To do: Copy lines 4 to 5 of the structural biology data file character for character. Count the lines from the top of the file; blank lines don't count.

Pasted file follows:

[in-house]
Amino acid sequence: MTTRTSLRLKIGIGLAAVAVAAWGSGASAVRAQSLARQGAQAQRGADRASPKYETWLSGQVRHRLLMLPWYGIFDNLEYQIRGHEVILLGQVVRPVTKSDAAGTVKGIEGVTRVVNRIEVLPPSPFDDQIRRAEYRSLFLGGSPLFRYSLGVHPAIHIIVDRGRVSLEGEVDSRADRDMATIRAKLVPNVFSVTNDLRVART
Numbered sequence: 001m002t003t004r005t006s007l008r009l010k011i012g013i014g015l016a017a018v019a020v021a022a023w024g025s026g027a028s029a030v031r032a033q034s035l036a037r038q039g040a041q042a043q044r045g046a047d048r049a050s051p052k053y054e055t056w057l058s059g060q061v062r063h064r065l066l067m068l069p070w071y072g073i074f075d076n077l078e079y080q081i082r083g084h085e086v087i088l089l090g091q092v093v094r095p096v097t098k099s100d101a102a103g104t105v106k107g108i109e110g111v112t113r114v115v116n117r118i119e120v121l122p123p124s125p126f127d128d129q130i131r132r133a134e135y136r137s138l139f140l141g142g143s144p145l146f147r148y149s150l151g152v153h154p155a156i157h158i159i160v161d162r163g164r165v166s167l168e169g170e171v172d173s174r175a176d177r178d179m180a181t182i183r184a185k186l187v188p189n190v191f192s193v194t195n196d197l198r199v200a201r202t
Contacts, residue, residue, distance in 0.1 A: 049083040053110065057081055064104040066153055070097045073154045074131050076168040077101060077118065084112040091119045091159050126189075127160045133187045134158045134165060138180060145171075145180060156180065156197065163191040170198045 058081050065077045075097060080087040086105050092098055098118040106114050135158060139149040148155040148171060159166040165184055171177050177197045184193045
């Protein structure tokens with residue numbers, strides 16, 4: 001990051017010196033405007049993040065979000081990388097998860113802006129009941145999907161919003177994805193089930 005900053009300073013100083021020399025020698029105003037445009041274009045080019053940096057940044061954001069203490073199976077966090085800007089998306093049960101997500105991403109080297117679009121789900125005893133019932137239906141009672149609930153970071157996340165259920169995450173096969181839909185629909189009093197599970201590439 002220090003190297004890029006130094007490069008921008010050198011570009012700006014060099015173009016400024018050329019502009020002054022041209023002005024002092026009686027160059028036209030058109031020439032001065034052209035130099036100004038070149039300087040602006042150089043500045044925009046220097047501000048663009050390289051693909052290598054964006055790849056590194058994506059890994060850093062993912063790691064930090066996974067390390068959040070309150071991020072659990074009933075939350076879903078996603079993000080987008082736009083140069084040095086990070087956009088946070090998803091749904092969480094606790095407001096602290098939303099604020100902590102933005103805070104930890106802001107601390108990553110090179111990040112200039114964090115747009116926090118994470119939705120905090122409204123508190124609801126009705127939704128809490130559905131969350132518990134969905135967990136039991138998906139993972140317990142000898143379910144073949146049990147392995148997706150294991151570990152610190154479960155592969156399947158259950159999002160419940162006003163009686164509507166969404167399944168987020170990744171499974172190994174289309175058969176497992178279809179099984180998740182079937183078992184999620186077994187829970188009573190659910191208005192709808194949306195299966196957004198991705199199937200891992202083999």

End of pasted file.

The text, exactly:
Contacts, residue, residue, distance in 0.1 A: 049083040053110065057081055064104040066153055070097045073154045074131050076168040077101060077118065084112040091119045091159050126189075127160045133187045134158045134165060138180060145171075145180060156180065156197065163191040170198045 058081050065077045075097060080087040086105050092098055098118040106114050135158060139149040148155040148171060159166040165184055171177050177197045184193045
């Protein structure tokens with residue numbers, strides 16, 4: 001990051017010196033405007049993040065979000081990388097998860113802006129009941145999907161919003177994805193089930 005900053009300073013100083021020399025020698029105003037445009041274009045080019053940096057940044061954001069203490073199976077966090085800007089998306093049960101997500105991403109080297117679009121789900125005893133019932137239906141009672149609930153970071157996340165259920169995450173096969181839909185629909189009093197599970201590439 002220090003190297004890029006130094007490069008921008010050198011570009012700006014060099015173009016400024018050329019502009020002054022041209023002005024002092026009686027160059028036209030058109031020439032001065034052209035130099036100004038070149039300087040602006042150089043500045044925009046220097047501000048663009050390289051693909052290598054964006055790849056590194058994506059890994060850093062993912063790691064930090066996974067390390068959040070309150071991020072659990074009933075939350076879903078996603079993000080987008082736009083140069084040095086990070087956009088946070090998803091749904092969480094606790095407001096602290098939303099604020100902590102933005103805070104930890106802001107601390108990553110090179111990040112200039114964090115747009116926090118994470119939705120905090122409204123508190124609801126009705127939704128809490130559905131969350132518990134969905135967990136039991138998906139993972140317990142000898143379910144073949146049990147392995148997706150294991151570990152610190154479960155592969156399947158259950159999002160419940162006003163009686164509507166969404167399944168987020170990744171499974172190994174289309175058969176497992178279809179099984180998740182079937183078992184999620186077994187829970188009573190659910191208005192709808194949306195299966196957004198991705199199937200891992202083999």